Rivers in the Amazon Basin move like a dance, exchanging sediments across continental distances to deliver nutrients to a mosaic of wetlands, Latrubesse said.
Sediment transported by rivers provides nutrients that sustain wildlife, contribute to the regional food supplies and modulate river dynamics that result in high habitat and biotic diversity for both aquatic and nonaquatic organisms.
Many current and proposed dams are located far upstream in the Andean region. Research indicates the Andes provide more than 90 percent of the sediment to the entire Amazon Basin. Dams trap the nutrient-rich sediment and prevent it from moving downstream.
The Madeira River is home to the most diverse fish population in the Amazon. Since the huge Santo Antônio and Jiaru dams were constructed on the Madeira, the river's average sediment concentration decreased by 20 percent. Researchers expect the 25 dams planned for further upstream will trap additional nutrient-rich sediment behind them.
The largest preserved mangrove region of South America is along the coastline of northeast Brazil and the three Guianas and needs sediment from the Amazon, Latrubesse said.
Baker added that the cumulative impacts from the dams affect rainfall and storm patterns from the Amazon Basin to the Gulf of Mexico. In addition to changes in sediment flow, those impacts include the storage of water behind the dams, the water flows and the timing of flows to the mouth of the river.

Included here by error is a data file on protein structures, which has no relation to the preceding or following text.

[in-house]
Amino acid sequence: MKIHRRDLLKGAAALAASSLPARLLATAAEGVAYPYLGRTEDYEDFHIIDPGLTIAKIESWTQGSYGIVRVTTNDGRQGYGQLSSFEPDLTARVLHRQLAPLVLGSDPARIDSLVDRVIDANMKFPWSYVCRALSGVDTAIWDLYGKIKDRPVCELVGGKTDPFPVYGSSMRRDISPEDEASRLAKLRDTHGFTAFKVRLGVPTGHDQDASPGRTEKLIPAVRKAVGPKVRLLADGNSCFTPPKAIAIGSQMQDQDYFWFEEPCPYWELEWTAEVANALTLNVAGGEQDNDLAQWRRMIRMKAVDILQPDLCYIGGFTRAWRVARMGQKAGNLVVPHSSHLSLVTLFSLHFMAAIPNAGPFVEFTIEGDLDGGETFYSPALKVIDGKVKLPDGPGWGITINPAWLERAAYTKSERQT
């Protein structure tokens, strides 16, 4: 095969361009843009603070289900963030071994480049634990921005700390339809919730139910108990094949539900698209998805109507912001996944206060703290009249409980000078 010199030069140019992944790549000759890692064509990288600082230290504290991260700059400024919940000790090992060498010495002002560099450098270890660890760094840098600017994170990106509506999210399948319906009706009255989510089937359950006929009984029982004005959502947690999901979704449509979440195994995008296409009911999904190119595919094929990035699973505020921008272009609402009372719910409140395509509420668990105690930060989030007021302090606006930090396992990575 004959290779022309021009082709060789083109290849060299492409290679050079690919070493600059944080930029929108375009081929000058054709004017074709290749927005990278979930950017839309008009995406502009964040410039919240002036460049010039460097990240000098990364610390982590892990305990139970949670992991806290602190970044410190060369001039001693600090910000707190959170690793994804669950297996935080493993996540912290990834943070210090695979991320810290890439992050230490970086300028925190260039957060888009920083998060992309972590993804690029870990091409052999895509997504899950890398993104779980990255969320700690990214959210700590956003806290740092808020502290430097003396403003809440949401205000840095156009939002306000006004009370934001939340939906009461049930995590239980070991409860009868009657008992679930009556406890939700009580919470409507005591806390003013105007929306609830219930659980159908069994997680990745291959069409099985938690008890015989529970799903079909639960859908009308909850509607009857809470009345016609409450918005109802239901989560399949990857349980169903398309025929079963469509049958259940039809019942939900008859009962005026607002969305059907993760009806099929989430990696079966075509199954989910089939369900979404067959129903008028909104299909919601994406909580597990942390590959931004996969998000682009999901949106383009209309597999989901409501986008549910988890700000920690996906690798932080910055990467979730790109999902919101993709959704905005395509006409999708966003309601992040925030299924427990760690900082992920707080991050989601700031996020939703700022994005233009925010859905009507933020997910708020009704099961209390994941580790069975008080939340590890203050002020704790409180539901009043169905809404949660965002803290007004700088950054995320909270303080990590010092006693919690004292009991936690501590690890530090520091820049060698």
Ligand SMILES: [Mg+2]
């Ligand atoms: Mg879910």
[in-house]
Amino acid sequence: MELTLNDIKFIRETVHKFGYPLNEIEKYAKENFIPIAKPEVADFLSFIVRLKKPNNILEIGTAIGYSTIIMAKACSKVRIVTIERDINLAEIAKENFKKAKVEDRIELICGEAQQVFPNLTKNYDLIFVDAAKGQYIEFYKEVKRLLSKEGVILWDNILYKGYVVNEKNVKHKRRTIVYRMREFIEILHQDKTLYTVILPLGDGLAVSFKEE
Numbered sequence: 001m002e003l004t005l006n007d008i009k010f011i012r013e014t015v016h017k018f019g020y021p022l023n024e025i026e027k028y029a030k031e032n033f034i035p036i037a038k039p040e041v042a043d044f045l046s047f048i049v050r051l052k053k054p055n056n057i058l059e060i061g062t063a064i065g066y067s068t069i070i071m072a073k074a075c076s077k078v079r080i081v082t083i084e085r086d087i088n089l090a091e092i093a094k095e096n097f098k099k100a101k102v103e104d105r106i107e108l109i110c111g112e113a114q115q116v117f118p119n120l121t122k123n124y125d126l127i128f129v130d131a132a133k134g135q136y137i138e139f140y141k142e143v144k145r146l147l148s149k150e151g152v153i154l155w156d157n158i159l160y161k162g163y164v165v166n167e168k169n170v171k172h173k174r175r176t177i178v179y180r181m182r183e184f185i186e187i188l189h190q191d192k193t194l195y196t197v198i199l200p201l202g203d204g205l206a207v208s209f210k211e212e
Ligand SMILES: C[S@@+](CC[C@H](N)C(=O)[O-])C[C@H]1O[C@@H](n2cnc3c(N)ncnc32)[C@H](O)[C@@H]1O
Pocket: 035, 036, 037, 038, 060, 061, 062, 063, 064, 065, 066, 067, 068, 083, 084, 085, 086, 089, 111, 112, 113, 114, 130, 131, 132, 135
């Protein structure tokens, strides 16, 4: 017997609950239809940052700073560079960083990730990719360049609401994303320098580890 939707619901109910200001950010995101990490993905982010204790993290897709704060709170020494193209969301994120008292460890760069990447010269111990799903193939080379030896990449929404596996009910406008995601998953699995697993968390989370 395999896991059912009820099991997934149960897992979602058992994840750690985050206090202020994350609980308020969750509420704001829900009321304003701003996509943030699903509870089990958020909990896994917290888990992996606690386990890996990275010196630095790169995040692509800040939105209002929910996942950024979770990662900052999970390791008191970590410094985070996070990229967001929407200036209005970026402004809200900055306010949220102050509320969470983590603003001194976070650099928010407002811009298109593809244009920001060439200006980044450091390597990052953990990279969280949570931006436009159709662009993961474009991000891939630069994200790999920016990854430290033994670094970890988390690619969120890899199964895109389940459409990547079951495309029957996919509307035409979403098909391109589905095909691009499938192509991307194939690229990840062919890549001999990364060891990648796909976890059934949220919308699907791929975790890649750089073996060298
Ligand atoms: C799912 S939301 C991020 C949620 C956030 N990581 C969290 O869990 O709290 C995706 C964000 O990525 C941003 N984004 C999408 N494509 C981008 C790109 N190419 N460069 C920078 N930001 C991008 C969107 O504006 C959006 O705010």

The study's authors conclude, "Citizens of the Amazon Basin countries will ultimately have to decide whether hydropower generation is worth the price of causing profound damage to the most diverse and productive river system in the world. If those decisions are made within the context of a comprehensive understanding of the fluvial system as a whole, the many benefits the rivers provide to humans and the environment could be retained."
University of Arizona
Mari N. Jensen
University of Arizona
University of Texas at Austin
The authors of the paper, "Damming the rivers of the Amazon Basin," are:
Edgardo M. Latrubesse of the University of Texas at Austin and Nanyang Technological University, Singapore; Eugenio Y. Arima of the University of Texas at Austin; Thomas Dunne of the University of California at Santa Barbara; Edward Park of the University of Texas at Austin; Victor R. Baker of the University of Arizona, Tucson; Fernando M. d'Horta of the National Institute of Amazonian Research (INPA), Manaus, Brazil; Charles Wight of the University of Texas at Austin; Florian Wittmann of the Karlsruhe Institute of Technology, Rastatt, Germany and Duke University, Durham, North Carolina; Jansen Zuanon of the National Institute of Amazonian Research (INPA), Manaus, Brazil; Paul A. Baker of Duke University, Durham, North Carolina and Yachay Tech, Urcuquí, Ecuador; Camila C. Ribas of the National Institute of Amazonian Research (INPA), Manaus, Brazil; Richard B. Norgaard of the University of California at Berkeley; Naziano Filizola of the Federal University of Amazonas, Manaus, Brazil; Atif Ansar and Bent Flyvbjerg of the University of Oxford, UK; and Jose C. Stevaux of the State University of Sao Paulo (UNESP-Rio Claro), Rio Claro, Brazil.